EXCLUSIVE About 1,900 Colombian guerrillas operating from Venezuela say Colombian military chief

Commander of the Colombian Military Forces, General Luis Fernando Navarro, speaks during an interview with Reuters in Bogota, Colombia, September 29, 2021. REUTERS / Camilo Cohecha

BOGOTA, September 30 (Reuters) – About 1,900 fighters belonging to Colombian rebels and criminal groups operate from Venezuela, where they plan attacks and participate in drug trafficking, said the head of Colombia’s armed forces.

The Colombian government has long said Venezuela’s leadership is granting safe haven to Colombian armed groups, allowing trade in cocaine in exchange to reduce profits.

But this is the first time the military has given a figure for the number it believes operates from the neighboring country.

Venezuelan President Nicolas Maduro has denied that Venezuela has provided a safe haven for drug traffickers. But he has expressed sympathy for the left-wing ideology of the rebels and openly welcomed some guerrilla leaders.

About half of the 2,350 known combatants from the rebel group National Liberation Army (ELN) are in Venezuela, along with about a third of the 2,400 fighters belonging to dissident groups from former FARC guerrillas who reject a 2016 peace agreement, General Luis Fernando Navarro told Reuters late Wednesday.

“In total, in the (Venezuelan) states of Zulia, Tachira, Apure and the Amazon, we estimate that there may be between 1,100 and 1,200 criminals from the ELN and about 700 from the FARC dissidents,” Navarro said.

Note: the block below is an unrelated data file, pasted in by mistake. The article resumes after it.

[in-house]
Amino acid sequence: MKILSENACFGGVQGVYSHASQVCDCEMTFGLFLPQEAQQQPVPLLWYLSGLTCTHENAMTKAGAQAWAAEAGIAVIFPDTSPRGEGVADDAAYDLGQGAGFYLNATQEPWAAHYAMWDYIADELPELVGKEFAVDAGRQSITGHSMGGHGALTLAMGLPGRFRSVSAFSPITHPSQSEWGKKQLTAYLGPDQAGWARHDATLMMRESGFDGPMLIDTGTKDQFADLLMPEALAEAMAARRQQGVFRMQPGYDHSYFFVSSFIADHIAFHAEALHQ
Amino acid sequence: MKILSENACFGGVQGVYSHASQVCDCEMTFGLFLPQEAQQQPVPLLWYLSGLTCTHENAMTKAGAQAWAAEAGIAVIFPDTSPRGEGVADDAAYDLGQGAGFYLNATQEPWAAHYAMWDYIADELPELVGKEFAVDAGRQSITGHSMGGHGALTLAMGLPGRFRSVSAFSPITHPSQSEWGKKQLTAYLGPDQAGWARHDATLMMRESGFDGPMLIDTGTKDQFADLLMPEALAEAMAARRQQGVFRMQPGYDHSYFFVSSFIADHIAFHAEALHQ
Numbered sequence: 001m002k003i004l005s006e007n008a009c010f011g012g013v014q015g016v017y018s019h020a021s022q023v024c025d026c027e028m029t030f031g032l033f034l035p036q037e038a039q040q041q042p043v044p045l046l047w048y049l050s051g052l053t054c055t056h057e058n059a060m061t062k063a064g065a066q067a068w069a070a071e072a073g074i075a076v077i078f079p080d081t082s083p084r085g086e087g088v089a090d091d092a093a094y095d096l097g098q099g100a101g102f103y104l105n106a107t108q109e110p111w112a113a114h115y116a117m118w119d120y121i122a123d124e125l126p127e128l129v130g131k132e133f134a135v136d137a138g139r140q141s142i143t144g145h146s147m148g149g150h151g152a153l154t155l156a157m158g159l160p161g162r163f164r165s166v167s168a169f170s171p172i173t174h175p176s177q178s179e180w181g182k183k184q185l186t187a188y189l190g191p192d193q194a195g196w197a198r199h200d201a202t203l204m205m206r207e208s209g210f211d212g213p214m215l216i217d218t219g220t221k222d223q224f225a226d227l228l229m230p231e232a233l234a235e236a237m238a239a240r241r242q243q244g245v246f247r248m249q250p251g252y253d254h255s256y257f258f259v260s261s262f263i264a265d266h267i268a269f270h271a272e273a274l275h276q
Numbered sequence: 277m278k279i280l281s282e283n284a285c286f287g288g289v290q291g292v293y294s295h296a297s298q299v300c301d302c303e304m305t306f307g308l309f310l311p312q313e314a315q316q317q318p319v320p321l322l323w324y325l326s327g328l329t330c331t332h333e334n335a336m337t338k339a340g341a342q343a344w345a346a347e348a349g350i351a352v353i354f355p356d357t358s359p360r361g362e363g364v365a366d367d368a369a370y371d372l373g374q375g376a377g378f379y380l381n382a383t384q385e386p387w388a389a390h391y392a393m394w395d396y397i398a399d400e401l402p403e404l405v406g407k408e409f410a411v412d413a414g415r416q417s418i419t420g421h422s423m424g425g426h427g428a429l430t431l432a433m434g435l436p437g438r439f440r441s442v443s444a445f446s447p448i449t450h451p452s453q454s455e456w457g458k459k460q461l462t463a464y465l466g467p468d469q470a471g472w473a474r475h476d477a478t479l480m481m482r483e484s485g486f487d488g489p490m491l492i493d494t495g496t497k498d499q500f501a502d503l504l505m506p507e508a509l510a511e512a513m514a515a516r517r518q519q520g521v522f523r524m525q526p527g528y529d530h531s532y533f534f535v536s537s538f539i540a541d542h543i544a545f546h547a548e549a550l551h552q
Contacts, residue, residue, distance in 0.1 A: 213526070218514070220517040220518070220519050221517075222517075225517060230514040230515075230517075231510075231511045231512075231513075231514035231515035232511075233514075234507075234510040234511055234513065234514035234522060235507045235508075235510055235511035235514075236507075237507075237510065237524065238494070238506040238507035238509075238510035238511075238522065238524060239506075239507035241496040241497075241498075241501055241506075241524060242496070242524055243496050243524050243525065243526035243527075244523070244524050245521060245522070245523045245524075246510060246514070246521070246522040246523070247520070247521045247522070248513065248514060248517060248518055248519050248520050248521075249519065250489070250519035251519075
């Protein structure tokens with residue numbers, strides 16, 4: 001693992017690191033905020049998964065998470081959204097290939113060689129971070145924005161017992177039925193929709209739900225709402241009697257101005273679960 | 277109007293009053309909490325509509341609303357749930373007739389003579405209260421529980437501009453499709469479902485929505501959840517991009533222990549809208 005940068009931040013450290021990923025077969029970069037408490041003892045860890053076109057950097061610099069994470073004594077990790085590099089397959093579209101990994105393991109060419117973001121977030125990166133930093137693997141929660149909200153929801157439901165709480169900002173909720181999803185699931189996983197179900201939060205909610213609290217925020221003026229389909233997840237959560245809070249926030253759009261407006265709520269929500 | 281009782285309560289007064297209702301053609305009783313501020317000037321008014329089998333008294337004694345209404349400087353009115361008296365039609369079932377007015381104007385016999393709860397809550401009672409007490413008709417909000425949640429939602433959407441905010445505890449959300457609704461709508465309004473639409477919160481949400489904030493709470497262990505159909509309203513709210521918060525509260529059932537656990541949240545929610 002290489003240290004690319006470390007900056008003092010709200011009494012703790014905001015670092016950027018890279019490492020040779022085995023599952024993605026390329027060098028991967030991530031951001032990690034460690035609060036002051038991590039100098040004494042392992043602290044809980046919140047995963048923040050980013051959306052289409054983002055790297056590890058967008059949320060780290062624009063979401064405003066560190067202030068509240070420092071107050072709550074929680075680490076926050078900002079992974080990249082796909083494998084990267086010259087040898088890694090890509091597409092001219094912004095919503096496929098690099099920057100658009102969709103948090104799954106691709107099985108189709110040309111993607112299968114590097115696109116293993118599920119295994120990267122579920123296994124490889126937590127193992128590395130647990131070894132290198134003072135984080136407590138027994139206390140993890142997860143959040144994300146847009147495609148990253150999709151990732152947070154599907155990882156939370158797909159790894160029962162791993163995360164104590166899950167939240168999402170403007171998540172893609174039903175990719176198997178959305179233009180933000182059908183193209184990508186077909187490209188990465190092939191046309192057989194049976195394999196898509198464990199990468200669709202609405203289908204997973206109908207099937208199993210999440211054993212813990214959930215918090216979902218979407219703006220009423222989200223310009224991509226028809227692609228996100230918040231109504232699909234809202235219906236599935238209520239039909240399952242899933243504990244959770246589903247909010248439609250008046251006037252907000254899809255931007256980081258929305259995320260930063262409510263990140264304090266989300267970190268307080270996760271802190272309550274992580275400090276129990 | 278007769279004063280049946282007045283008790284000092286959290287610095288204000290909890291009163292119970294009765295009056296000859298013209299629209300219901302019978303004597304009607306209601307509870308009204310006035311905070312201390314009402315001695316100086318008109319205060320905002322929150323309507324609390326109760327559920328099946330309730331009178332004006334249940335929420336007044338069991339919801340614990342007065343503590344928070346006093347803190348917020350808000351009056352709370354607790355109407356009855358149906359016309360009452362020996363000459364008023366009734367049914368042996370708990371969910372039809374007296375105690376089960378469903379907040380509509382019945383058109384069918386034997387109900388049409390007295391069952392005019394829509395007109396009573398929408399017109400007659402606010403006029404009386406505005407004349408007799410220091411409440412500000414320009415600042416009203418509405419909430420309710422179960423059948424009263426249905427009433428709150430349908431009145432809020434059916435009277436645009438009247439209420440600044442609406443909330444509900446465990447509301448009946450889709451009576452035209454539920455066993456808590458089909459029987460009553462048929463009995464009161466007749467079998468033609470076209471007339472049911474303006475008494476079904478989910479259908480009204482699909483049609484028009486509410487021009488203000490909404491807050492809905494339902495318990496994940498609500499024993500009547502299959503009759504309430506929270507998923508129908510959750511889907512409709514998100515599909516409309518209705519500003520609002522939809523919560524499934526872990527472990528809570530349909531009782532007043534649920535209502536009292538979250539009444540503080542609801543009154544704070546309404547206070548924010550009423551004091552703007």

“It is a factor of instability that the strategic rearguard for these structures is in Venezuelan border states. This obviously makes it difficult to fight them,” Navarro said, accusing the Venezuelan armed forces of not pursuing the groups.

The Venezuelan government did not immediately respond to a request for comment on this story.

Colombia’s internal conflict has stretched for nearly 60 years, leading to more than 260,000 deaths.

Although the demobilization of some 13,000 members of the Revolutionary Armed Forces of Colombia (FARC) under the 2016 agreement led to a reduction in violence, some areas have experienced renewed fighting such as dissidents, ELNs and crime gangs stemming from right-wing paramilitary fighting for territory .

Violence often crosses the border. In Venezuela’s northwestern Zulia, a local government and a major employer paid villagers, including children, to man drug operations, extortion rackets and illegal gold mines, a Reuters report found earlier this year.

About 80 Venezuelans are fighting for FARC dissident groups, Navarro said, and about 180 for the ELN.

Commanders from the dissident group Segunda Marquetalia, including former peace negotiator Ivan Marquez, Hernan Dario Velasquez and Henry Castellanos live in Venezuela, he said, as did ELN leader Gustavo Anibal Giraldo, known by his alias Pablito.

The groups attack targets in Colombia and then melt across the border to avoid authorities, Navarro said.

A FARC dissident group has claimed responsibility for two incidents in June – a car bomb at a military base in the border town of Cucuta that injured dozens, and the shooting of a helicopter with President Ivan Duque.

Reporting by Luis Jaime Acosta Writing by Julia Symmes Cobb Editing by Rosalba O’Brien

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